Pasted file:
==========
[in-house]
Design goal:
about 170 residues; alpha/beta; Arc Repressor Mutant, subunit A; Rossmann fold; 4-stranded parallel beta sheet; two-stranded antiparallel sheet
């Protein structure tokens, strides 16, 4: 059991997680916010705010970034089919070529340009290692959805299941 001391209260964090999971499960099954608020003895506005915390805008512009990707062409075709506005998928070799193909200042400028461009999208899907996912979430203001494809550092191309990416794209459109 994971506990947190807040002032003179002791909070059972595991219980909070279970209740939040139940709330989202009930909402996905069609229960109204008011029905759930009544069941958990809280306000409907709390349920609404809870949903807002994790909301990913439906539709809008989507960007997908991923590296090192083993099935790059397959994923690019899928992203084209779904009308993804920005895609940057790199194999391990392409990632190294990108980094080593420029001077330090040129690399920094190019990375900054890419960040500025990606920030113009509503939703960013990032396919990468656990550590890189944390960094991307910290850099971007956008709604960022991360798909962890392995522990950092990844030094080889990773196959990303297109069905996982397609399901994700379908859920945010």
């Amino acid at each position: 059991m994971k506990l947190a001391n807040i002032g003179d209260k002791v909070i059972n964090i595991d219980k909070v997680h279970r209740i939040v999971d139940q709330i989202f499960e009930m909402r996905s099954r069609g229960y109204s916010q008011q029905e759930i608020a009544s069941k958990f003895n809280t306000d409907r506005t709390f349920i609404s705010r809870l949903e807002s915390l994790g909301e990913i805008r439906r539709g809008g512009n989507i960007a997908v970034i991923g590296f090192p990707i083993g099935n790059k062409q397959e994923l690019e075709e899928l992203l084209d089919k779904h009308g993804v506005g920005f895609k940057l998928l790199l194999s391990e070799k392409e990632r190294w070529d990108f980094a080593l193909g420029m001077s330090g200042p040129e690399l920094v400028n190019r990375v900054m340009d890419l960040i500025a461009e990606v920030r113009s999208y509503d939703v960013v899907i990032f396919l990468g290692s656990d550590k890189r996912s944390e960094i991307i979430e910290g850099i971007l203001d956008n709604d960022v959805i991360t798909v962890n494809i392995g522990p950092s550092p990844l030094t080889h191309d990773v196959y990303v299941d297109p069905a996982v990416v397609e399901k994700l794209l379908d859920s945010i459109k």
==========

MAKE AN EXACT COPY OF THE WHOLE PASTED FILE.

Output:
[in-house]
Design goal:
about 170 residues; alpha/beta; Arc Repressor Mutant, subunit A; Rossmann fold; 4-stranded parallel beta sheet; two-stranded antiparallel sheet
């Protein structure tokens, strides 16, 4: 059991997680916010705010970034089919070529340009290692959805299941 001391209260964090999971499960099954608020003895506005915390805008512009990707062409075709506005998928070799193909200042400028461009999208899907996912979430203001494809550092191309990416794209459109 994971506990947190807040002032003179002791909070059972595991219980909070279970209740939040139940709330989202009930909402996905069609229960109204008011029905759930009544069941958990809280306000409907709390349920609404809870949903807002994790909301990913439906539709809008989507960007997908991923590296090192083993099935790059397959994923690019899928992203084209779904009308993804920005895609940057790199194999391990392409990632190294990108980094080593420029001077330090040129690399920094190019990375900054890419960040500025990606920030113009509503939703960013990032396919990468656990550590890189944390960094991307910290850099971007956008709604960022991360798909962890392995522990950092990844030094080889990773196959990303297109069905996982397609399901994700379908859920945010």
């Amino acid at each position: 059991m994971k506990l947190a001391n807040i002032g003179d209260k002791v909070i059972n964090i595991d219980k909070v997680h279970r209740i939040v999971d139940q709330i989202f499960e009930m909402r996905s099954r069609g229960y109204s916010q008011q029905e759930i608020a009544s069941k958990f003895n809280t306000d409907r506005t709390f349920i609404s705010r809870l949903e807002s915390l994790g909301e990913i805008r439906r539709g809008g512009n989507i960007a997908v970034i991923g590296f090192p990707i083993g099935n790059k062409q397959e994923l690019e075709e899928l992203l084209d089919k779904h009308g993804v506005g920005f895609k940057l998928l790199l194999s391990e070799k392409e990632r190294w070529d990108f980094a080593l193909g420029m001077s330090g200042p040129e690399l920094v400028n190019r990375v900054m340009d890419l960040i500025a461009e990606v920030r113009s999208y509503d939703v960013v899907i990032f396919l990468g290692s656990d550590k890189r996912s944390e960094i991307i979430e910290g850099i971007l203001d956008n709604d960022v959805i991360t798909v962890n494809i392995g522990p950092s550092p990844l030094t080889h191309d990773v196959y990303v299941d297109p069905a996982v990416v397609e399901k994700l794209l379908d859920s945010i459109k």